Written by: Ashley Perlmutter
People always say don’t let your emotions take control and drive your big decisions. While true, this statement is much easier said than done, especially when it comes to your finances. At Sherman Wealth, we often discuss behavioral finance with our clients and how behaviors can drive or impact our financial decisions as humans.
You may not even know or be able to see it, but there may be a number of psychological biases holding you back from building your wealth. That’s because the part of our brain that allows us to imagine the future doesn’t move as fast as the part that governs emotions. The emotional part of our brain is not naturally trained how to operate the modern economy as it is to build relationships.
The good news is there are things you can do to overcome these biases. By acknowledging and familiarizing yourself with these behavioral biases, you can teach yourself to avoid them when you come across them. Here are some major behavioral biases to watch out for:
1. Loss aversion
By far the most powerful emotional bias, loss aversion refers to the desire to avoid any risk that could result in a loss. It could lead investors to sell something after it has fallen in price and buy more of something that has gone up. Instead, make your investment decisions using the rational part of your brain and then ignore them, he advised. Set up a system that will automatically rebalance your portfolio so that you aren’t making changes based on emotion.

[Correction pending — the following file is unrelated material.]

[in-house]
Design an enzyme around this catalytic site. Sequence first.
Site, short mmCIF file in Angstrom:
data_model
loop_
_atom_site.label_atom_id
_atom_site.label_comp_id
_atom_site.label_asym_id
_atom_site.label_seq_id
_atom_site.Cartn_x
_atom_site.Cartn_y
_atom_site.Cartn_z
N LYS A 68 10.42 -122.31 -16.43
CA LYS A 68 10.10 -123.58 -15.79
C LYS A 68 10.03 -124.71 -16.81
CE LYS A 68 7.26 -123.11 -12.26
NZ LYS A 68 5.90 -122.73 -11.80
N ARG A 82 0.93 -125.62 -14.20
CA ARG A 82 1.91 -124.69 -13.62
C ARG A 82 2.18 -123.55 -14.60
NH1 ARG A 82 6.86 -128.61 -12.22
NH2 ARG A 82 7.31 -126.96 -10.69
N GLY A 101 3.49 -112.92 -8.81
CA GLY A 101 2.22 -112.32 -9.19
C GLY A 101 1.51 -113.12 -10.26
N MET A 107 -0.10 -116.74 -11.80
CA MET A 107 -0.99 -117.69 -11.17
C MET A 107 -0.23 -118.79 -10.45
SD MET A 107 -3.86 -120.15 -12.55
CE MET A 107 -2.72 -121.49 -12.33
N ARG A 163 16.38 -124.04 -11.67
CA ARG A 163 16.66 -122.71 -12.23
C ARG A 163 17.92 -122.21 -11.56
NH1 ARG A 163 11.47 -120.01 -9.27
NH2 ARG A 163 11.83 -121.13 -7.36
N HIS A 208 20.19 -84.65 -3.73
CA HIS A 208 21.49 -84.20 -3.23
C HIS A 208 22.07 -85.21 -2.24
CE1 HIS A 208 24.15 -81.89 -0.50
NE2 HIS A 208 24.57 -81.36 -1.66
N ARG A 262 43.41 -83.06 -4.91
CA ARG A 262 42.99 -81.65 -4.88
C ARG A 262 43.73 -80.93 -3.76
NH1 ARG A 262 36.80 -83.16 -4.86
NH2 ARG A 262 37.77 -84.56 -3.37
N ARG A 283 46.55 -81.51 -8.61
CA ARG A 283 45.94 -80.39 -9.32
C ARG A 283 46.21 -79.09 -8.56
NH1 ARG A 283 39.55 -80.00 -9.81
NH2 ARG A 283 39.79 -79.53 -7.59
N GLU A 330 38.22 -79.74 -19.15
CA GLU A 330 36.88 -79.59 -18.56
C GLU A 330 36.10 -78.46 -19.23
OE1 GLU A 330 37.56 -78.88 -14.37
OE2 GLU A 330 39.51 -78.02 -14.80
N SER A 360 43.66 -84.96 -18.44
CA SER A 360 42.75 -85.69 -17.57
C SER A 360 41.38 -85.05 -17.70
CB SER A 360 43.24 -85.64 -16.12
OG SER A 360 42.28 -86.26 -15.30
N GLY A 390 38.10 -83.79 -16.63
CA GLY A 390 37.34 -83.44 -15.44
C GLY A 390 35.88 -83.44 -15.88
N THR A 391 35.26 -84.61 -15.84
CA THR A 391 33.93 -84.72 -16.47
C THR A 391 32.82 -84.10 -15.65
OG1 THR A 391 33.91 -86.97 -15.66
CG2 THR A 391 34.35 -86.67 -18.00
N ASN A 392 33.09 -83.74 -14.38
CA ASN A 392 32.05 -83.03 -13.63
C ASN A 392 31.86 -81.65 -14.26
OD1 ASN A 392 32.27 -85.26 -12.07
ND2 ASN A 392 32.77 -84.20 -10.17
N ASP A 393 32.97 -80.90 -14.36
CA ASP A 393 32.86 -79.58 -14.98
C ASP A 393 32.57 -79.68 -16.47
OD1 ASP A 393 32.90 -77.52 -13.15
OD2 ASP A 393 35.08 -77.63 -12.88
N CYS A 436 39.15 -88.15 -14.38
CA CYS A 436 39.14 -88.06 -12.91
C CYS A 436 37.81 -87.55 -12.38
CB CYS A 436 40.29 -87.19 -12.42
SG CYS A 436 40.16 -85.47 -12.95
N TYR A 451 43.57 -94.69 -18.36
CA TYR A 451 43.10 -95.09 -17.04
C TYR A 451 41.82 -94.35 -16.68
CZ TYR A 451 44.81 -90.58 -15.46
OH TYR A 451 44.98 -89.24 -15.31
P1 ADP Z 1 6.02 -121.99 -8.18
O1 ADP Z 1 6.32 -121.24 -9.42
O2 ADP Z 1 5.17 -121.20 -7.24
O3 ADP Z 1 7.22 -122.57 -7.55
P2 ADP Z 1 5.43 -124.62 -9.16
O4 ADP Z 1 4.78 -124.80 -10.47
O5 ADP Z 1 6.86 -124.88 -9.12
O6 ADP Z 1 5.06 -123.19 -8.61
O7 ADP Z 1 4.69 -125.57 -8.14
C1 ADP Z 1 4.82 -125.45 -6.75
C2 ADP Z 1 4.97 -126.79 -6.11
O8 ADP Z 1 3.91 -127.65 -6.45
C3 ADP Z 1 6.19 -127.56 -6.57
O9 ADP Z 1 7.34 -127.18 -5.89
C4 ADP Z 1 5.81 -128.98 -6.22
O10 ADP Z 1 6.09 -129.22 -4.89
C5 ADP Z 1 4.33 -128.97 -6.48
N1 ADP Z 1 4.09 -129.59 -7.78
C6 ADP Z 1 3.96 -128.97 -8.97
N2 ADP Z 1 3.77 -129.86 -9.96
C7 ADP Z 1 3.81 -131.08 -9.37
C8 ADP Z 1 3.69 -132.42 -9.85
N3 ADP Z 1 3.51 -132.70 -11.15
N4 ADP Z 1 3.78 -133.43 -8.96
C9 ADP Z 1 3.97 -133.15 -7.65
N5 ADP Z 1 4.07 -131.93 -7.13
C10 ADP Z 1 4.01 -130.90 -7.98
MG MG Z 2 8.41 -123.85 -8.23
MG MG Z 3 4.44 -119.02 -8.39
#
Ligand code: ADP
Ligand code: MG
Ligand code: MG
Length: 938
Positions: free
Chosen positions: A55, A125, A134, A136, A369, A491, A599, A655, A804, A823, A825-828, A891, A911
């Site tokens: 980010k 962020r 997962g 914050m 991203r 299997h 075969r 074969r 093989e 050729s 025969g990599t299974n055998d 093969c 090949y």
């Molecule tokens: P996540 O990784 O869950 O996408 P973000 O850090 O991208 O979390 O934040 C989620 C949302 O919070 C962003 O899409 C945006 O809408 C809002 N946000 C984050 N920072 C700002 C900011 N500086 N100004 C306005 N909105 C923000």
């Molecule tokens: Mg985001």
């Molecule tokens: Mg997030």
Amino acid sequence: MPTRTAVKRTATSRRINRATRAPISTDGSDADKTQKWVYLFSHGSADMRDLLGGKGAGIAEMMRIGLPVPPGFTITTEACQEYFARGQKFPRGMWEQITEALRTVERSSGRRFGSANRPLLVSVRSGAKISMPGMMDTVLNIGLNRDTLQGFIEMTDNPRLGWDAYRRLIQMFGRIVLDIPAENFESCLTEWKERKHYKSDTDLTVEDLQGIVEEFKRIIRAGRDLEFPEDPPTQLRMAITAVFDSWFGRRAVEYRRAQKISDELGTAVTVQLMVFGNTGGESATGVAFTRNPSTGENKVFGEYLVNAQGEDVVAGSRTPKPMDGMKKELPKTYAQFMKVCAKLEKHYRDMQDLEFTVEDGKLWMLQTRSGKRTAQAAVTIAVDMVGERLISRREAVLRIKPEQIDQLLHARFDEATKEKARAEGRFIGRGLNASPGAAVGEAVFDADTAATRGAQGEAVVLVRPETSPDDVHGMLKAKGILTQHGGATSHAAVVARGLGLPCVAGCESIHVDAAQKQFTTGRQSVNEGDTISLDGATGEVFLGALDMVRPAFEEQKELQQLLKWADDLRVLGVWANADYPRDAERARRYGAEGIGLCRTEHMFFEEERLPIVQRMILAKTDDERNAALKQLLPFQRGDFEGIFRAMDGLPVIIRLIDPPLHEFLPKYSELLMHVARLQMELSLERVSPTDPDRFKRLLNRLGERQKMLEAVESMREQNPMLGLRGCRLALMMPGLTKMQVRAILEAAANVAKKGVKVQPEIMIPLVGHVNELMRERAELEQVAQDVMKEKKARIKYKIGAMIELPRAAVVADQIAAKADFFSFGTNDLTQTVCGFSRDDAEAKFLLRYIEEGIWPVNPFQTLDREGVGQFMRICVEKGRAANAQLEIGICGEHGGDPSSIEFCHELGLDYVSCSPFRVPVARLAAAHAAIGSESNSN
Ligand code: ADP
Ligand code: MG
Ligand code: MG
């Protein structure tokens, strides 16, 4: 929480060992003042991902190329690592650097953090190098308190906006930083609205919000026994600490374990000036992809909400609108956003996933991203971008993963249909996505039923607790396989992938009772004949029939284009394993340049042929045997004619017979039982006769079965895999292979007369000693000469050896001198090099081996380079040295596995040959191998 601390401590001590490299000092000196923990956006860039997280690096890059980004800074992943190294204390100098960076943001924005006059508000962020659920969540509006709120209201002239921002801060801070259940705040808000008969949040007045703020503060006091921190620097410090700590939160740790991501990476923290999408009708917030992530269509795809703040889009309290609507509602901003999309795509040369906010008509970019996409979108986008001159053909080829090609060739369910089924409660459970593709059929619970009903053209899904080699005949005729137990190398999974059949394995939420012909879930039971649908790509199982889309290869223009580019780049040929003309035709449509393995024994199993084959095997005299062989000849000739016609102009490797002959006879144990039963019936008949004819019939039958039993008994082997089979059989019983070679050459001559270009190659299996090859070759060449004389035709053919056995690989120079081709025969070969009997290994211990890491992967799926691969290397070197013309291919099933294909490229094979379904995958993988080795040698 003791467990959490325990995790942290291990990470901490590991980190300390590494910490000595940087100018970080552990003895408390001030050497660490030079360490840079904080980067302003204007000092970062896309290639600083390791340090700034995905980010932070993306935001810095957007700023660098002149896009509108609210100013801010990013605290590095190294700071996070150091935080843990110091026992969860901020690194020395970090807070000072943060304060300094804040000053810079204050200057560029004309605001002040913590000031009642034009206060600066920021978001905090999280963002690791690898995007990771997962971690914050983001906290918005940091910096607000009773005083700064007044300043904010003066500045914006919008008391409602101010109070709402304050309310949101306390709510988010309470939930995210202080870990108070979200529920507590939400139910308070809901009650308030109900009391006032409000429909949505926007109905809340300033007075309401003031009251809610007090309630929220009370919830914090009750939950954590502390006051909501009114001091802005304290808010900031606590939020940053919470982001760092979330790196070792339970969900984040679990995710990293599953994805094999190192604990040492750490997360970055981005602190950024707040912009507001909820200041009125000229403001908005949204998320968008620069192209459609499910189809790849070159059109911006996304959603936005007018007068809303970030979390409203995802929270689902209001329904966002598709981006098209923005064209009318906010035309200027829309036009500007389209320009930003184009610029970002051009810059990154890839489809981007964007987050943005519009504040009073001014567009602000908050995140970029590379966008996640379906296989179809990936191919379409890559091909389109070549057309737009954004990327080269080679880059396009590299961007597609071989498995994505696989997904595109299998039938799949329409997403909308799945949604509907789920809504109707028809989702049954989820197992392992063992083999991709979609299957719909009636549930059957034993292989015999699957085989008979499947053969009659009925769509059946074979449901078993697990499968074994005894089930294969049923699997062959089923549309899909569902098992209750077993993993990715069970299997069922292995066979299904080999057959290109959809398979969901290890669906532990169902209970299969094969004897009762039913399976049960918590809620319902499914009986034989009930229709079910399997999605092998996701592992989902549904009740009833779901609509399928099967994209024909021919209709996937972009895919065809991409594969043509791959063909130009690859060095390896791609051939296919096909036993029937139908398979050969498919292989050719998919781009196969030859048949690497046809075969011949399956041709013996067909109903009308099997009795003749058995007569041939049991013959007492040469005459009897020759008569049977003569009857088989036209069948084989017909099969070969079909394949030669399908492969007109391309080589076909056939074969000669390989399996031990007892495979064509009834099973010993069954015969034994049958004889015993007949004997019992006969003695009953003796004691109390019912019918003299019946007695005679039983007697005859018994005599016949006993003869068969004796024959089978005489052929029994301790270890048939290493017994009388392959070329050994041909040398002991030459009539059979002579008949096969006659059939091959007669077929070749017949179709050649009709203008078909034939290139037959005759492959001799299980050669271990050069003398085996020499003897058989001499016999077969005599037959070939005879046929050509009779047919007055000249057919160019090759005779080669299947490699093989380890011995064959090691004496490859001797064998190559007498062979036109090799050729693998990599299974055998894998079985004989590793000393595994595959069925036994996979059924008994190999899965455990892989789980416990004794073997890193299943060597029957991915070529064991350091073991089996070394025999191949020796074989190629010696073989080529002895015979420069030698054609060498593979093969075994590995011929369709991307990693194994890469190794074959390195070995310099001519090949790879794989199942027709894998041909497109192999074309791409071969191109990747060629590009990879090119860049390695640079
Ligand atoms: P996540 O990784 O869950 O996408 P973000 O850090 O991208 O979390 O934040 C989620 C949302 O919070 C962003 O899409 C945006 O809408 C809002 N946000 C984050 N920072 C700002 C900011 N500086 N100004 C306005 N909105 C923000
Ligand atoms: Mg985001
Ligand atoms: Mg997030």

2. Endowment effect
People tend to value something more highly once they own it. For instance, you may have inherited some stock from a relative or invested in an asset that has gone up in value. Once you become emotionally invested in something, it’s often hard to let go, in this case, hard to sell a stock. However, if it takes up a big portion of your portfolio, that means a lot more risk. Instead, think rationally about your choices and make sure you have the right mix of assets for your needs.
3. Sunk cost fallacy
This occurs when you keep investing money in a losing project because of prior investments you have made, such as spending $2,000 repairing a car that keeps breaking down. You don’t want to buy a new car because of how much money you’ve already put into the vehicle. Do not dwell on poor decisions, focus on making better ones in the future.
4. Status quo bias
When you do nothing because you are afraid of a negative outcome, even though the decision may be worth the risk, it is considered a status quo bias. For instance, you may hold onto a stock that has lost value because you don’t want to take a loss.
Instead, think rationally about the price and how it compares with expected future prices and dividends. Also remember that there are tax advantages to taking losses when it makes smart investing sense. When you sell assets at a loss, it will make up for some of the gains you made — which should reduce the amount of taxes you’ll have to pay.
5. Bandwagon effect
Just because everyone is buying a stock doesn’t mean it is right for you. Yet people feel safer following the crowd. The recent meme stocks and short selling are a great example of this effect. Individual investors piled into the stocks after being prompted by social media, and many may have lost money amid the volatility.
6. Confirmation bias
People often seek out information that confirms their previously held beliefs. However, it’s important to get your information from a variety of sources so that you can make informed decisions.
Confronting these behavioral biases can help you avoid making clouded decisions in the future.
Related: Unpacking the Stagnant Stock Market